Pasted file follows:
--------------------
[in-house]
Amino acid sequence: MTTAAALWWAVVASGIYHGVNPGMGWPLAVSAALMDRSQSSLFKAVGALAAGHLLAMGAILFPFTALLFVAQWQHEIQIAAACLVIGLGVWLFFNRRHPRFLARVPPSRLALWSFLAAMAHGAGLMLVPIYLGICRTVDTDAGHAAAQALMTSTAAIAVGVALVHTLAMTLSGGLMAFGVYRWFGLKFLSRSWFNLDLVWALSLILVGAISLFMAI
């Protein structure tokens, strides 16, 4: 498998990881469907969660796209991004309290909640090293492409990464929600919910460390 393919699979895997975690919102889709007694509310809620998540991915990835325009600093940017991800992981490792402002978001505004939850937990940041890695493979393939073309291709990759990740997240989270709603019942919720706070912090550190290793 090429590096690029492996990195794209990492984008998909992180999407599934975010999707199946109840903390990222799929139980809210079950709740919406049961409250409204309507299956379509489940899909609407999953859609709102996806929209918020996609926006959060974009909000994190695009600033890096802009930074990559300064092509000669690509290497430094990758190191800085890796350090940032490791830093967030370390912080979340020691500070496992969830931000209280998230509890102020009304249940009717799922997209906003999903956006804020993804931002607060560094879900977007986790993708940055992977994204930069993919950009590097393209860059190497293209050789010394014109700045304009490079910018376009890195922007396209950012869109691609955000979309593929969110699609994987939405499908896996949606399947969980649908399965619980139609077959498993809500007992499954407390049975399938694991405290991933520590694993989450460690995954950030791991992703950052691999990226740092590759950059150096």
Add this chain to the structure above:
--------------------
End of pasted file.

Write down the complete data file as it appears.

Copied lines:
[in-house]
Amino acid sequence: MTTAAALWWAVVASGIYHGVNPGMGWPLAVSAALMDRSQSSLFKAVGALAAGHLLAMGAILFPFTALLFVAQWQHEIQIAAACLVIGLGVWLFFNRRHPRFLARVPPSRLALWSFLAAMAHGAGLMLVPIYLGICRTVDTDAGHAAAQALMTSTAAIAVGVALVHTLAMTLSGGLMAFGVYRWFGLKFLSRSWFNLDLVWALSLILVGAISLFMAI
């Protein structure tokens, strides 16, 4: 498998990881469907969660796209991004309290909640090293492409990464929600919910460390 393919699979895997975690919102889709007694509310809620998540991915990835325009600093940017991800992981490792402002978001505004939850937990940041890695493979393939073309291709990759990740997240989270709603019942919720706070912090550190290793 090429590096690029492996990195794209990492984008998909992180999407599934975010999707199946109840903390990222799929139980809210079950709740919406049961409250409204309507299956379509489940899909609407999953859609709102996806929209918020996609926006959060974009909000994190695009600033890096802009930074990559300064092509000669690509290497430094990758190191800085890796350090940032490791830093967030370390912080979340020691500070496992969830931000209280998230509890102020009304249940009717799922997209906003999903956006804020993804931002607060560094879900977007986790993708940055992977994204930069993919950009590097393209860059190497293209050789010394014109700045304009490079910018376009890195922007396209950012869109691609955000979309593929969110699609994987939405499908896996949606399947969980649908399965619980139609077959498993809500007992499954407390049975399938694991405290991933520590694993989450460690995954950030791991992703950052691999990226740092590759950059150096």
Add this chain to the structure above: